There are a couple of reasons why patriotism and nostalgia can work so well together. Firstly, nostalgia is such a pervasive emotion that it is inevitable that it should seep into politics, just as it finds its way into so many other parts of life, from fashion and music (does anyone else think Bruno Mars is trying to channel the early 90s a little too hard?).

But it is also significant that patriotism spends a great deal of time trying to define nations and nationality. What does it mean to be French? What makes Malaysia special? Where do minorities fit into the national picture? In searching for the essence of a nation, whether it’s the American dream, the bulldog spirit or the Japanese kokutai, it’s inevitable that people will look backwards, drawing on traditions and institutions that have shaped the country’s history.

For some countries this is easier than others. The USA, with a very clear political founding, can easily draw on the narrative and documents of its fledgling independence to make confident appeals to ideas of ‘American’ freedom and tolerance. National symbols such as the Declaration of Independence and US Constitution have served as patriotic touchstones down the centuries, and continue to be relied upon to evoke the purpose of the American project.

Countries with a foggier genesis, however, have a trickier task. Take the English Democrats, a small nationalist party founded in 2002, ‘standing up for what made England great’ (there’s that past tense again). In their manifesto, after briefly attempting to define Englishness as ‘a communal identity and memory’ and ‘a sense of belonging,’ they admit that ‘our community, like others, has no easily defined boundaries.’ Yet they are happy to build their entire party on these shifting sands, regularly warning of ‘the deliberate subversion of English national culture and interests.’ National Questions contacted the English Democrats to get a clearer understanding of what they meant by Englishness, and (eventually) received the following explanation: ‘Tea, Fairplay, supporting the underdog, order, sportsmanship, justice, cricket, football, rugby, sense of humour, irony, Roast Dinners, Fish & Chips, Pubs.’ Depending on your taste, this list may be evocative, but it’s hardly inspiring; and as national symbols go, even the most optimistic British patriot would have a hard time equating the Declaration of Independence to fish and chips.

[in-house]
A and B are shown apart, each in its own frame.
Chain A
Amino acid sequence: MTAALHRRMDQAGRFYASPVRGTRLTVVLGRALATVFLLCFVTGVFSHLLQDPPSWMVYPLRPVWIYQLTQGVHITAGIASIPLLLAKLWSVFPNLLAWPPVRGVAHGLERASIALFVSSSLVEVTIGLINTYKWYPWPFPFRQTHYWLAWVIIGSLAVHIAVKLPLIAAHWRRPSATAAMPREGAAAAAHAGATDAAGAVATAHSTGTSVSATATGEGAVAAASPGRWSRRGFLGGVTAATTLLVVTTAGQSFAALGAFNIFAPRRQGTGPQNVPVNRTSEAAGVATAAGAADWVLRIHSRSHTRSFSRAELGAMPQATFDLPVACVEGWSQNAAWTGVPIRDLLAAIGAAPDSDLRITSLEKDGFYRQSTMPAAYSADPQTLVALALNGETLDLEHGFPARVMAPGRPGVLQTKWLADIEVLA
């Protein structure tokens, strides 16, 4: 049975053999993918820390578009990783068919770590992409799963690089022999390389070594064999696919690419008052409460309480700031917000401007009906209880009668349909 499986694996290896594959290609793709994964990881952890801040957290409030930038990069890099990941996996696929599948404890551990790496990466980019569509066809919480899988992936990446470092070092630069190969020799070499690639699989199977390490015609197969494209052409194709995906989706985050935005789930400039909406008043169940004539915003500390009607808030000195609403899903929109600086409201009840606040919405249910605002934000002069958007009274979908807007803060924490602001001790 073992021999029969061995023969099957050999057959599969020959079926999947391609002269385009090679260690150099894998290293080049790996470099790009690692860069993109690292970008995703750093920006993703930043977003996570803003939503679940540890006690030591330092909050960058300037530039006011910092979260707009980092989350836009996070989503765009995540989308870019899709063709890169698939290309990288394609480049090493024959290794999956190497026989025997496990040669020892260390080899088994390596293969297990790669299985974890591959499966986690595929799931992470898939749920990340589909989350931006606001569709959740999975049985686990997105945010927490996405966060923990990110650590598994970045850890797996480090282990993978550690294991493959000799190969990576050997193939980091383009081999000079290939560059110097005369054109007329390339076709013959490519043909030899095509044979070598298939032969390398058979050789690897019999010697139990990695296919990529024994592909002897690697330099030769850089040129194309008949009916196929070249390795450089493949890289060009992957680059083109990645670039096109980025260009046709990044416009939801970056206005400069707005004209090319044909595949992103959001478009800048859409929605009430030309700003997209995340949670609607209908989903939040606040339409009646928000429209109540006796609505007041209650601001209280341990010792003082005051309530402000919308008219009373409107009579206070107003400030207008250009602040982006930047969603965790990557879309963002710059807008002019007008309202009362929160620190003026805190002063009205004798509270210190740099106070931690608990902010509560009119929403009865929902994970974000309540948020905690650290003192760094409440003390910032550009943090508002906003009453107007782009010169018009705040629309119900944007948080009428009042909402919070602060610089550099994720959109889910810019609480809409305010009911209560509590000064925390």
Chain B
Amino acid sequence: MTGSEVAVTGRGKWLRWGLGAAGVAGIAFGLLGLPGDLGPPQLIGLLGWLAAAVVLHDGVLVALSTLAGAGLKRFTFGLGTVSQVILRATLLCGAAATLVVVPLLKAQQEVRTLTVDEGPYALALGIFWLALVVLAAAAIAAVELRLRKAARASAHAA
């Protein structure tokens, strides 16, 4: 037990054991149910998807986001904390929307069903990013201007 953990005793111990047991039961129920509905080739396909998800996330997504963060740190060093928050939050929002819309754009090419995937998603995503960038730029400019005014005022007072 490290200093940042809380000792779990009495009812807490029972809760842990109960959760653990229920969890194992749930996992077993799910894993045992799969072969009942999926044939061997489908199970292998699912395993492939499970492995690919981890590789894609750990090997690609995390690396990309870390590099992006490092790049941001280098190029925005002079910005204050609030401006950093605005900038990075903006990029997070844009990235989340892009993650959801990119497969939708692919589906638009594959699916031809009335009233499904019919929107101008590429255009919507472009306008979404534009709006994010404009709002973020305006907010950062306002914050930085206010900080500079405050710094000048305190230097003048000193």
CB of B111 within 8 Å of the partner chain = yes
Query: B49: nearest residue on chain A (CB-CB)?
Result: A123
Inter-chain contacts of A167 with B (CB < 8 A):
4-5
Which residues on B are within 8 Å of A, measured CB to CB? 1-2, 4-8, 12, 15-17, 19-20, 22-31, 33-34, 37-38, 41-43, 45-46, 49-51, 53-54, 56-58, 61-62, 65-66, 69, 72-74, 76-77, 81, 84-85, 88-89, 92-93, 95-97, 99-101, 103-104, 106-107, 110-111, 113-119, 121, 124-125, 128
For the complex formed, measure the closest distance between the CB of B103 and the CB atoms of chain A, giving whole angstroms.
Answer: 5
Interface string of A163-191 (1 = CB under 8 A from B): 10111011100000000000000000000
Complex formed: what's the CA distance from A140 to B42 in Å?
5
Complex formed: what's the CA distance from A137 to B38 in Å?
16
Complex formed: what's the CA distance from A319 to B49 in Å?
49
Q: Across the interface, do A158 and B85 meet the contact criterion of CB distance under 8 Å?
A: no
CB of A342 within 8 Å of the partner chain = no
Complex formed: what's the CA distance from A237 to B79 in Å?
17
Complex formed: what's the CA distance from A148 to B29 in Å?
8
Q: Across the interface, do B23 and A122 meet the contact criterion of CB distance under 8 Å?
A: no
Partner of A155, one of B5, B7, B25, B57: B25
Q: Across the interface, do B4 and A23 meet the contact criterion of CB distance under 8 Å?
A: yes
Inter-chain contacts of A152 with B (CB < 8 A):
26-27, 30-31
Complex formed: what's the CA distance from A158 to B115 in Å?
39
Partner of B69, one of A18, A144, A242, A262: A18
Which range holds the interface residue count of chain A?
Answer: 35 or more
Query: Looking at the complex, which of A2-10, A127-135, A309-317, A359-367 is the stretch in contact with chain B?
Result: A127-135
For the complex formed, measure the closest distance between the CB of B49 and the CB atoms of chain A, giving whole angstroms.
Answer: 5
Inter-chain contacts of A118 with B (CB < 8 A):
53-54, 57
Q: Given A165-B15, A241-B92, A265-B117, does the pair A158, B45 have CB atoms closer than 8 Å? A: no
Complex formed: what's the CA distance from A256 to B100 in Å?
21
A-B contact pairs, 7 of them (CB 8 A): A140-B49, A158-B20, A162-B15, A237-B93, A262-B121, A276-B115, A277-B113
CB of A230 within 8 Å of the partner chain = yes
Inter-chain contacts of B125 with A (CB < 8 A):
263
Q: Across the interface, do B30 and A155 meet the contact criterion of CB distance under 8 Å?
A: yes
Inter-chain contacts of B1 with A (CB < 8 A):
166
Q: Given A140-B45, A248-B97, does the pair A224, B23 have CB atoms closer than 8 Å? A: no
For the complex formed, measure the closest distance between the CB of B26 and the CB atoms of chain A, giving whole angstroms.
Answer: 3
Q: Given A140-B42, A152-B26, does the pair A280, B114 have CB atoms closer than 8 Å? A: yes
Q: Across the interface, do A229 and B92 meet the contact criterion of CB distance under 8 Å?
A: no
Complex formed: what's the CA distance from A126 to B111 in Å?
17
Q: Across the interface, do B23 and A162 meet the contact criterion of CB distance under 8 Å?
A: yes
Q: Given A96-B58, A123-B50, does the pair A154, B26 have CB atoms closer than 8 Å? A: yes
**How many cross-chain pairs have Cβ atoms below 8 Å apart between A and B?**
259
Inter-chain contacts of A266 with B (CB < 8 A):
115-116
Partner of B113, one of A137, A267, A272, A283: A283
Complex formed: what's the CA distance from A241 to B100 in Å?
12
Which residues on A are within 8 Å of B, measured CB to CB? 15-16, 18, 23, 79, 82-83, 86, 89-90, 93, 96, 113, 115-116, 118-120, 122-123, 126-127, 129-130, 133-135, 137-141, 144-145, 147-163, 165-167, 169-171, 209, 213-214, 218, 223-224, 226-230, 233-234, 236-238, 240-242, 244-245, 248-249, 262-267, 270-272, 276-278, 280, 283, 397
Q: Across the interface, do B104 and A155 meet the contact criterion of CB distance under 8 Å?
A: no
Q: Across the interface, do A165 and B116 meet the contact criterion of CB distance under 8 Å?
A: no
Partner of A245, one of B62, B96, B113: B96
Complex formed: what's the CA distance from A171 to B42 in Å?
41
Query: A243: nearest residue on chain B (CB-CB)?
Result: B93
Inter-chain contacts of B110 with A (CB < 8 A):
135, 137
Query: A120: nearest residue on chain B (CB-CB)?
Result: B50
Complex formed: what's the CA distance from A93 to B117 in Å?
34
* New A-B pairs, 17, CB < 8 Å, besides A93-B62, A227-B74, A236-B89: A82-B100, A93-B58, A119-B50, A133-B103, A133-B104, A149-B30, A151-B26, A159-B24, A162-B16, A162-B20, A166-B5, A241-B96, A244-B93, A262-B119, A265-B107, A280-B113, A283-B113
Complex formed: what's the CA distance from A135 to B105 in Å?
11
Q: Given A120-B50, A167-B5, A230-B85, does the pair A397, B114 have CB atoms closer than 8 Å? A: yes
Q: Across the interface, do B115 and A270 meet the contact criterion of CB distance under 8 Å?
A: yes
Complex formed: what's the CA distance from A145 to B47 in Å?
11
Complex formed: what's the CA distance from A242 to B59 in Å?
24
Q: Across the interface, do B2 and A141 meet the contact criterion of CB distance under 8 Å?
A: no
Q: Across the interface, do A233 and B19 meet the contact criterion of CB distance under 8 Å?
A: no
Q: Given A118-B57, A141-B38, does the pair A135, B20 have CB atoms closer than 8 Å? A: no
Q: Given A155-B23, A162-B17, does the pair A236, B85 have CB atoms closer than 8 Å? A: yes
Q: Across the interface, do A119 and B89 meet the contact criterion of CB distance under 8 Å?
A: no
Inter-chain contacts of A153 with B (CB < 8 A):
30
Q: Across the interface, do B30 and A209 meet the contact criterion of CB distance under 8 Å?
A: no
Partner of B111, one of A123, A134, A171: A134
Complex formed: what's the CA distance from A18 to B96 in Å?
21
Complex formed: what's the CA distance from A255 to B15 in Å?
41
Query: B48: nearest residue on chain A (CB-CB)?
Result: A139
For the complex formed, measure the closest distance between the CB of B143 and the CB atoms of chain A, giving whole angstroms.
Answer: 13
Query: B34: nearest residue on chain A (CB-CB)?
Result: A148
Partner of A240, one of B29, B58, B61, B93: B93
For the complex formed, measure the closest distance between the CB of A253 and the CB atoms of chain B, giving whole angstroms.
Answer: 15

But there are serious points to be made here. Firstly, nostalgic patriotism is not just the preserve of disillusioned old UKIP supporters – it’s the stuff of dangerous nationalist forces. Mussolini’s longing for the glories of the Roman Empire and the Renaissance may have been pure fantasy, but for a time it was compelling to millions of Italians. Similar implausible feats of historical memory are currently fuelling the neo-Nazi Golden Dawn party in Greece (pretending to be ancient Sparta) and Erdogan’s Turkey (the Ottoman Empire).

Secondly, and perhaps most importantly, nostalgia in politics is perilous because it unfailingly presents the past in a flattering light. ‘Nostalgia … is essentially history without the guilt,’ writes historian Michael Kammen, and it is certainly true that patriotic parties are today breezily overlooking the less savoury aspects of their countries’ histories – sexism, racism and homophobia, say – irrespective of whether or not they condone such attitudes. It’s hard to revive a golden age if it never existed, after all.

Of course, patriotism can be infused with a sense of optimism and hope for the future. There have even been presidential slogans expressing such a belief. But as the West struggles to adjust to globalisation, with unpleasant consequences, optimism is presently in limited supply. A long time ago, James Madison could praise Americans for not suffering ‘a blind veneration for antiquity, for custom, or for names, to overrule the suggestions of their own good sense, the knowledge of their own situation, and the lessons of their own experience.’ Right now, we may feel less deserving of the acclaim.

Paul Nuttall may be comfortable appealing to a rosy memory of Britain’s past – to be fair, it’s perhaps the one thing uniting UKIP now that they’ve realised their goal of seeing the UK leave the EU. But as history – and not nostalgia – shows us, it’s a dangerous game to play.